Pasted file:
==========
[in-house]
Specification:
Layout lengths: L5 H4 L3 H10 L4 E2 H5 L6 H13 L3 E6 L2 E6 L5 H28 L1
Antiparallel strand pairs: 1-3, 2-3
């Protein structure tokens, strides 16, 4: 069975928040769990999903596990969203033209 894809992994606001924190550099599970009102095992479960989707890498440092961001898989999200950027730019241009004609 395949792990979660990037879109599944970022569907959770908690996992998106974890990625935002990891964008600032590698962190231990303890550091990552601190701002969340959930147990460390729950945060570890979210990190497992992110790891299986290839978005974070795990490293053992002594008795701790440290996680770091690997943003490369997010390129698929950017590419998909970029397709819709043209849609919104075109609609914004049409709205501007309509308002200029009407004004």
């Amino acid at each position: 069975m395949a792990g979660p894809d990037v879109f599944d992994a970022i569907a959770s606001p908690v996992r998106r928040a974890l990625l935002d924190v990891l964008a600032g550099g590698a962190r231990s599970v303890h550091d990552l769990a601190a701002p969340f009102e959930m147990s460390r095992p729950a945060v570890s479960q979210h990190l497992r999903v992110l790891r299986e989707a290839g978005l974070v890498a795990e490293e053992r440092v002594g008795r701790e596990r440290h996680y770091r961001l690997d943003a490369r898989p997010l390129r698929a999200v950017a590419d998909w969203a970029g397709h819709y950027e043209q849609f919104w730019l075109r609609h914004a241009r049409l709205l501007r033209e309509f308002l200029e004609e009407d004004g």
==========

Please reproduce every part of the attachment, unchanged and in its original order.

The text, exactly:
[in-house]
Specification:
Layout lengths: L5 H4 L3 H10 L4 E2 H5 L6 H13 L3 E6 L2 E6 L5 H28 L1
Antiparallel strand pairs: 1-3, 2-3
């Protein structure tokens, strides 16, 4: 069975928040769990999903596990969203033209 894809992994606001924190550099599970009102095992479960989707890498440092961001898989999200950027730019241009004609 395949792990979660990037879109599944970022569907959770908690996992998106974890990625935002990891964008600032590698962190231990303890550091990552601190701002969340959930147990460390729950945060570890979210990190497992992110790891299986290839978005974070795990490293053992002594008795701790440290996680770091690997943003490369997010390129698929950017590419998909970029397709819709043209849609919104075109609609914004049409709205501007309509308002200029009407004004």
């Amino acid at each position: 069975m395949a792990g979660p894809d990037v879109f599944d992994a970022i569907a959770s606001p908690v996992r998106r928040a974890l990625l935002d924190v990891l964008a600032g550099g590698a962190r231990s599970v303890h550091d990552l769990a601190a701002p969340f009102e959930m147990s460390r095992p729950a945060v570890s479960q979210h990190l497992r999903v992110l790891r299986e989707a290839g978005l974070v890498a795990e490293e053992r440092v002594g008795r701790e596990r440290h996680y770091r961001l690997d943003a490369r898989p997010l390129r698929a999200v950017a590419d998909w969203a970029g397709h819709y950027e043209q849609f919104w730019l075109r609609h914004a241009r049409l709205l501007r033209e309509f308002l200029e004609e009407d004004g």